Friday, 6 September 2013

Telephone Thing

Like most things that come into my possession, I'll continue to use my mobile phone until it, or I, conk out. I'm the same with cars, CD players, computers and clothes. I use them until they are unusable and only then do I go out and look for an upgrade or replacement. I've had the same simple pay-as-you-go phone since the previous one died in 2007.


Although it goes everywhere with me, I use it chiefly as a watch. I put £10 credit onto it in March, the only time I've topped up since October last year, and my balance is currently £6.14, so that gives you some idea of how often I reach for it to make a call or send a text. So when the phone slipped from my pocket and down inside the sofa while I was enjoying a coffee this morning, I was caught off-guard by my initial reaction to its inaccessibility - something approaching mild panic. After virtually disassembling the sofa to retrieve the blighter, I'm forced to acknowledge that this little-used lump of technology in my pocket is my own version of a mid-life security blanket.


4 comments:

C said...

Ah, I know the feeling! But I admire you for your general lack of dependence on new technology (which is a far healthier way to live I'm sure). I'm in the process of getting all my data off my creaking 7 year old PC in readiness for a new one - which will have a different operating system and a load of new stuff to get used to - I know in my heart it'll probably be fine but the changeover still fills me with dread. I wouldn't be without my phone and my computer now, but at the same time I look back quite fondly at the more acceptant life I had before them.

Now, don't you go mad with that£6.14 credit...

Singing Bear said...

I'm with you all the way with your attitude to mobile phones. I've had mine for about 12 years (at least), so you can imagine what it looks like! The cubs are completely embarrassed when I get it out but as I use it rarely not many folk get to see it. I top it up a few times a year and keep it mainly just in case the car breaks down. Consequently, I hardly ever turn it on and I think only three or four people have my number. The truth is, I hate phones and can hardly abide using a regular phone let alone having the possibility of being contacted anytime, anywhere by all and sundry. Long live Ned Ludd! (I type on my computer keyboard, I know).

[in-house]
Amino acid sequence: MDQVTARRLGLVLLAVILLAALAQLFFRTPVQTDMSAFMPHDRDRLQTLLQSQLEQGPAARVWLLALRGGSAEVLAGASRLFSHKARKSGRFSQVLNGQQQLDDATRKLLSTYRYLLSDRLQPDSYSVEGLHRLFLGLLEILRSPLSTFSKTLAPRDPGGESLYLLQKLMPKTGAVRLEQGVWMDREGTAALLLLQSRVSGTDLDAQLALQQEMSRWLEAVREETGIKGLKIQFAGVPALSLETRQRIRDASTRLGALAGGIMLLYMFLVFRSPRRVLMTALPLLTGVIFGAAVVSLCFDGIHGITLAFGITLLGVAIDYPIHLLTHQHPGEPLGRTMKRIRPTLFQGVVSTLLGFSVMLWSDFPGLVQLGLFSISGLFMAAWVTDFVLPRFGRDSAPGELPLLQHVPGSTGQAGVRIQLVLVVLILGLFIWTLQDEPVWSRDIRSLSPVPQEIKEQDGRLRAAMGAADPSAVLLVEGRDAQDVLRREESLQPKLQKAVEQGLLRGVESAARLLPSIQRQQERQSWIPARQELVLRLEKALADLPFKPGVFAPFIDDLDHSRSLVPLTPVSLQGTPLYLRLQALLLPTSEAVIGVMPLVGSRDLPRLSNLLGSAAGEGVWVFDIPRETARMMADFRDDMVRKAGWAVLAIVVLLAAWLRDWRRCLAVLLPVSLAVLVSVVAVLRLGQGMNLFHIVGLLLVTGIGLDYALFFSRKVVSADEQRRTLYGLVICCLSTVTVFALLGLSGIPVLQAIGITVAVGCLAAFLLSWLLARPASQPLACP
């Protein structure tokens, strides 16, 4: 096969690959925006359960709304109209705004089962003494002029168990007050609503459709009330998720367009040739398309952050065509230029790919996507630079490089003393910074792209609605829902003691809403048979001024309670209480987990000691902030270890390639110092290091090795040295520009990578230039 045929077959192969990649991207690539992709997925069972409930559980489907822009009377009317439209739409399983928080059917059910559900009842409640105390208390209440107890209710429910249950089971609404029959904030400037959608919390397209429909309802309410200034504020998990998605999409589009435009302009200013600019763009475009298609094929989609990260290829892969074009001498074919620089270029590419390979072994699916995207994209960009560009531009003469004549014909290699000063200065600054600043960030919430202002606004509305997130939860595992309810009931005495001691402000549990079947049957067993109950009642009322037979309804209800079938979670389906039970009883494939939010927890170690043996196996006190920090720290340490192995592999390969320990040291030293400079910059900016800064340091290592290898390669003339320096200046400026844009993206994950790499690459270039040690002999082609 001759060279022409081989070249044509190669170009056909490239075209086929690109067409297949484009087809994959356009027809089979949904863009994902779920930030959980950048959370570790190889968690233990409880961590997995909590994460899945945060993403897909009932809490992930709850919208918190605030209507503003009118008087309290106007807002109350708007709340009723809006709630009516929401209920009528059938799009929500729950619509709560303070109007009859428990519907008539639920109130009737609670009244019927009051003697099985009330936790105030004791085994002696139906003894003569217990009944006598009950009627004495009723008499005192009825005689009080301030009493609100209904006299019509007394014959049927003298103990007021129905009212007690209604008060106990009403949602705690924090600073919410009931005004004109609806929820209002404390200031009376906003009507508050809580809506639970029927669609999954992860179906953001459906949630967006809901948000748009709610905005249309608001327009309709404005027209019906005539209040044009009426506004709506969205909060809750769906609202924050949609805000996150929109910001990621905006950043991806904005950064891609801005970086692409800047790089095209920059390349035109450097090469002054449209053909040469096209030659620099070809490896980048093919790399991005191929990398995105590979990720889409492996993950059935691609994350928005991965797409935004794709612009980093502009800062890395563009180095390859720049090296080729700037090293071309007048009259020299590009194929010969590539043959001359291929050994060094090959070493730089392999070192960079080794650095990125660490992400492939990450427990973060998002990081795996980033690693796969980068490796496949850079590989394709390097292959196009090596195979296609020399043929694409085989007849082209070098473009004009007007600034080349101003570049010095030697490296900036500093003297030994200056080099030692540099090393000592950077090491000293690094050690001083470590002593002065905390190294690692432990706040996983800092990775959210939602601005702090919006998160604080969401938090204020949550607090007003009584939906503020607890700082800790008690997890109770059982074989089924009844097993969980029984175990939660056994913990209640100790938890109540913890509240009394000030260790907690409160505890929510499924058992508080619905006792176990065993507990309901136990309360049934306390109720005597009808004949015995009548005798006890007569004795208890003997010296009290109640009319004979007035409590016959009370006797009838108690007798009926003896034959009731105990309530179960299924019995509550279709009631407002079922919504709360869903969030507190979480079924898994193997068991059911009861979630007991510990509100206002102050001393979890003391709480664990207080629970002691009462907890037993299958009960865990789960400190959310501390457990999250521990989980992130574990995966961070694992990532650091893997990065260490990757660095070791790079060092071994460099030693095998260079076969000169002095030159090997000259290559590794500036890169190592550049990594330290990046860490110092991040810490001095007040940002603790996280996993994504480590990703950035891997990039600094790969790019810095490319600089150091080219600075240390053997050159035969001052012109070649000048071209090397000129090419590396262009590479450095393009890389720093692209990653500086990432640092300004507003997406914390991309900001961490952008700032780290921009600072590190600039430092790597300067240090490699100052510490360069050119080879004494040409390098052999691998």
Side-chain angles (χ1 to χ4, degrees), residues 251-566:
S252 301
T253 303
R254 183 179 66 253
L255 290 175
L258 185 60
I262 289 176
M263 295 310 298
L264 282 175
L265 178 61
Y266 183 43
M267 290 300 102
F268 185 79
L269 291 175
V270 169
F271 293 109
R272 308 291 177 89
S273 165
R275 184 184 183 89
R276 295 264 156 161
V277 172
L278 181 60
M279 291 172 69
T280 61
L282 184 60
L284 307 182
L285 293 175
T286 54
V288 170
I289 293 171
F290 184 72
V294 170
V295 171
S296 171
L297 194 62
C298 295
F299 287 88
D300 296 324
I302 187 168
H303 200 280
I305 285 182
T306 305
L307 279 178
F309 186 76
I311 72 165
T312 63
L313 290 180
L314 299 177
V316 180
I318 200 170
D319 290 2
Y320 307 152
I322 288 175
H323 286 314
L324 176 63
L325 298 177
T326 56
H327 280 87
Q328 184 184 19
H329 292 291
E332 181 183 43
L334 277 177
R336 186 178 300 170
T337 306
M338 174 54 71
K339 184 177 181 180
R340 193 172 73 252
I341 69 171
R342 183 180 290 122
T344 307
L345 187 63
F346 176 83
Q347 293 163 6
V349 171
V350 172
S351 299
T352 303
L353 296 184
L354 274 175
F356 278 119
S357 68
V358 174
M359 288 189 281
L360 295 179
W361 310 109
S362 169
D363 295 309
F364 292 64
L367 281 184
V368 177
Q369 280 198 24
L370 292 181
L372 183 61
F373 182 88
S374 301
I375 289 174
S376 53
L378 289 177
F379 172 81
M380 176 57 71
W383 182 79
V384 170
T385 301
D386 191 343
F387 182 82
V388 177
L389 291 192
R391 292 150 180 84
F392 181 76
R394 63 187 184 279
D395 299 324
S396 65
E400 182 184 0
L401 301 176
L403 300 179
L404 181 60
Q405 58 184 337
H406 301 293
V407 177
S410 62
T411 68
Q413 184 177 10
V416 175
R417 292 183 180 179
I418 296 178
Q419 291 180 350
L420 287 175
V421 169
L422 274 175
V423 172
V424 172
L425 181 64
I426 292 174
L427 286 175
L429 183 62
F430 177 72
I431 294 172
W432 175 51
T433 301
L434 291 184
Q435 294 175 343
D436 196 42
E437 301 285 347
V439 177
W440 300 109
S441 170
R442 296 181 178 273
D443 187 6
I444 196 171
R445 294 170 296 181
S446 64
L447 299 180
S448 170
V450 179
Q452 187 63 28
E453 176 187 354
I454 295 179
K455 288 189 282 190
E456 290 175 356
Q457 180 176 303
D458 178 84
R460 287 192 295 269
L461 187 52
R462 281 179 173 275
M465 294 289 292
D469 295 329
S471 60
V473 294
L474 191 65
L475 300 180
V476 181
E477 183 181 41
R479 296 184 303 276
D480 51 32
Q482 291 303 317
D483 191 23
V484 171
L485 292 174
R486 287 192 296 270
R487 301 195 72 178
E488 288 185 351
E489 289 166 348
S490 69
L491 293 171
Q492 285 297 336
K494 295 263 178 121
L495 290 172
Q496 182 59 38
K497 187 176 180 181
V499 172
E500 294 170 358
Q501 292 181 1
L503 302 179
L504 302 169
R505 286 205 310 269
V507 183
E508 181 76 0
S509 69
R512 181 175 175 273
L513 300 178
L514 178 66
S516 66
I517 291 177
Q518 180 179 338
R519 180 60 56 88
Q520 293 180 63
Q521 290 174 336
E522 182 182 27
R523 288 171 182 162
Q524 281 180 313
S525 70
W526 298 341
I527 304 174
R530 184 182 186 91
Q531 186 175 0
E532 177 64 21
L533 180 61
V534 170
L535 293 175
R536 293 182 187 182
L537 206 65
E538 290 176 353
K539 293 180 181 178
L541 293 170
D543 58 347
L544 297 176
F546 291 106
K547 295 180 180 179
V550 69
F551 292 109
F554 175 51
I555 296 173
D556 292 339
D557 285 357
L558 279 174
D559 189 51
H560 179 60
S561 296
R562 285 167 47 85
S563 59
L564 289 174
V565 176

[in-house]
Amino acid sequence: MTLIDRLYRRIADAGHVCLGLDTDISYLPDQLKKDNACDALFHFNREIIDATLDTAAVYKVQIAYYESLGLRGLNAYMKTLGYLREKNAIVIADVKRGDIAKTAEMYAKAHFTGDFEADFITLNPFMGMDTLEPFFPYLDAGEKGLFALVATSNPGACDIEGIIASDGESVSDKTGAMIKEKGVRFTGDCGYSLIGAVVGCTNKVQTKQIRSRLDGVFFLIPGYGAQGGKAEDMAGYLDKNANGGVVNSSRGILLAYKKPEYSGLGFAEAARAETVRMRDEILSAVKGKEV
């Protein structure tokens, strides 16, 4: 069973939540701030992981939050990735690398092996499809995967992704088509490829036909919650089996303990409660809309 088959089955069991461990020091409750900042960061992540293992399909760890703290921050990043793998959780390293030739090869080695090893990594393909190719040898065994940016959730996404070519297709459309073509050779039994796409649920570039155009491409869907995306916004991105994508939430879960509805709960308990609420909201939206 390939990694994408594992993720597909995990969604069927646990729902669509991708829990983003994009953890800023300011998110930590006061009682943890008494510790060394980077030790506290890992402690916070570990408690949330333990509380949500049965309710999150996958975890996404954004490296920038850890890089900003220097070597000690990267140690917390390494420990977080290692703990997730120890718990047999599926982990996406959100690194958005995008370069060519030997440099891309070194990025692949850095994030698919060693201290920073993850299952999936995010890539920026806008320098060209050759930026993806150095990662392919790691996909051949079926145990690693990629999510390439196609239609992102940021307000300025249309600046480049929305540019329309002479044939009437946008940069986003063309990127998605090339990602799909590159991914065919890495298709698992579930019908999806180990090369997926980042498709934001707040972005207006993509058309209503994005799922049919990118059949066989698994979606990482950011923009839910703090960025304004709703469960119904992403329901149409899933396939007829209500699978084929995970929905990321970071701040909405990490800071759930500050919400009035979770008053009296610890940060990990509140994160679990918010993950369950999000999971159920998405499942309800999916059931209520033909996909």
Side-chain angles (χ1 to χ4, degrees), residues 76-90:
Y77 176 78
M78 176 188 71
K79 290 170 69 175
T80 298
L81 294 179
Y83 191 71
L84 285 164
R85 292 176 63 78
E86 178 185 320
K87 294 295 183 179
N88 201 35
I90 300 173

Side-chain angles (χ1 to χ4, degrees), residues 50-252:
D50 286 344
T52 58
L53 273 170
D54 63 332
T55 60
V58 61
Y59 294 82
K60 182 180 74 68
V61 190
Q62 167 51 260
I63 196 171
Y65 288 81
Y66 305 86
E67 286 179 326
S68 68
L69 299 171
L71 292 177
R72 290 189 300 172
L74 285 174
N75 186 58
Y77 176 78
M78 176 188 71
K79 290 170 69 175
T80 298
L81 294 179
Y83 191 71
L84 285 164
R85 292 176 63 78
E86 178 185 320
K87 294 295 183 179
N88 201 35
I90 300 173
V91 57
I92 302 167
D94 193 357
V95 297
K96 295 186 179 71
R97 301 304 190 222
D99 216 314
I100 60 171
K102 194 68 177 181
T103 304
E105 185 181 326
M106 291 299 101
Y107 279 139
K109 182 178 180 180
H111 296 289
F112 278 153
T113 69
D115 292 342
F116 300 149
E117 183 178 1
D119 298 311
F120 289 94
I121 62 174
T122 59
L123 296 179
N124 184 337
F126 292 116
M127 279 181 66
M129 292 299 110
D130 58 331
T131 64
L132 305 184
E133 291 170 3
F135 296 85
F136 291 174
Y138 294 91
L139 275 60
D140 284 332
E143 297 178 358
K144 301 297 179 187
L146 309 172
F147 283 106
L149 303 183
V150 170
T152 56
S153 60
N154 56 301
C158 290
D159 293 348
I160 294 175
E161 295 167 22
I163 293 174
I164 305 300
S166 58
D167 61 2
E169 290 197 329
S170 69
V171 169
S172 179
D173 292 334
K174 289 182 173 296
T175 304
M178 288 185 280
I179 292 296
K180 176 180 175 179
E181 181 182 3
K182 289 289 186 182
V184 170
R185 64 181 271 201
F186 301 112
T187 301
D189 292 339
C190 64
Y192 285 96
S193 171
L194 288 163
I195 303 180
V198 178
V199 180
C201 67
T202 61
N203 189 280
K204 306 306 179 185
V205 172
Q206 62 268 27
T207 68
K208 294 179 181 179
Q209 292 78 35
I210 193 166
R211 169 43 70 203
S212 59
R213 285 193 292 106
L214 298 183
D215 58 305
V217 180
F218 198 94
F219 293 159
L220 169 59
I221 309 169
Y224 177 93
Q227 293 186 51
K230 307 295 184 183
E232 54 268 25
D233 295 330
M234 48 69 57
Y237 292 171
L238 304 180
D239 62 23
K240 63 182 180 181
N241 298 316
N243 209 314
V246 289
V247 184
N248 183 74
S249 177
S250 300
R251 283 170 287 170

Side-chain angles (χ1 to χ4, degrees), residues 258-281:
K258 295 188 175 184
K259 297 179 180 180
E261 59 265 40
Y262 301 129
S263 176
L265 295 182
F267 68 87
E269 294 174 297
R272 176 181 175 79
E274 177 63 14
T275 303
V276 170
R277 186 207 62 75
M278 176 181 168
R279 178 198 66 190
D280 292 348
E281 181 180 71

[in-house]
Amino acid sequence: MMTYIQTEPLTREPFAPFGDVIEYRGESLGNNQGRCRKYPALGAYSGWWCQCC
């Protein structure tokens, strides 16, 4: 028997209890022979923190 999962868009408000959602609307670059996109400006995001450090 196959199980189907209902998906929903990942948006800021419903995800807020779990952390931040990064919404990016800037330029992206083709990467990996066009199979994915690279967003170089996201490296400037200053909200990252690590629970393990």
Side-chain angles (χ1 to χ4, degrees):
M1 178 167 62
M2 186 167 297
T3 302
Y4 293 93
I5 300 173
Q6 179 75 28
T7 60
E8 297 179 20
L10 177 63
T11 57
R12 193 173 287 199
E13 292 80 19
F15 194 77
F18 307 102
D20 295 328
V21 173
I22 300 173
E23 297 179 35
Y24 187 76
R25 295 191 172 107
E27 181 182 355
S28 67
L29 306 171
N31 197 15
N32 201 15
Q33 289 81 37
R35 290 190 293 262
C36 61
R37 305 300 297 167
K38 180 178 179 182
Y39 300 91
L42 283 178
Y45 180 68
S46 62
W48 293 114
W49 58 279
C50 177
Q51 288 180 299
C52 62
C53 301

The Swede said...

C. I'm not anti-technological progression per se, it's just that if it ain't broke, I don't feel an immediate urge to fix or replace it. Mind you, your post regarding your computer got me thinking. My laptop is of a similar vintage and struggles in a similar sounding way. I might have to dig deep sooner rather than later.

Singing Bear. 12 years old? Blimey! I suddenly feel like I'm on the cutting edge of technology! I'm not keen on phones generally myself. I spent too many years being called at all hours of the day & night on day off or holiday by staff who couldn't make it into work or bosses who didn't think we should have lives.

Old Pa's Corner said...

I am a bit like that in some ways...still got my old casio watch 10 years old no change of battery. Same old nokia phoe did try a new smart phone but fingers too big...saying that I did get a tablet and really do love it

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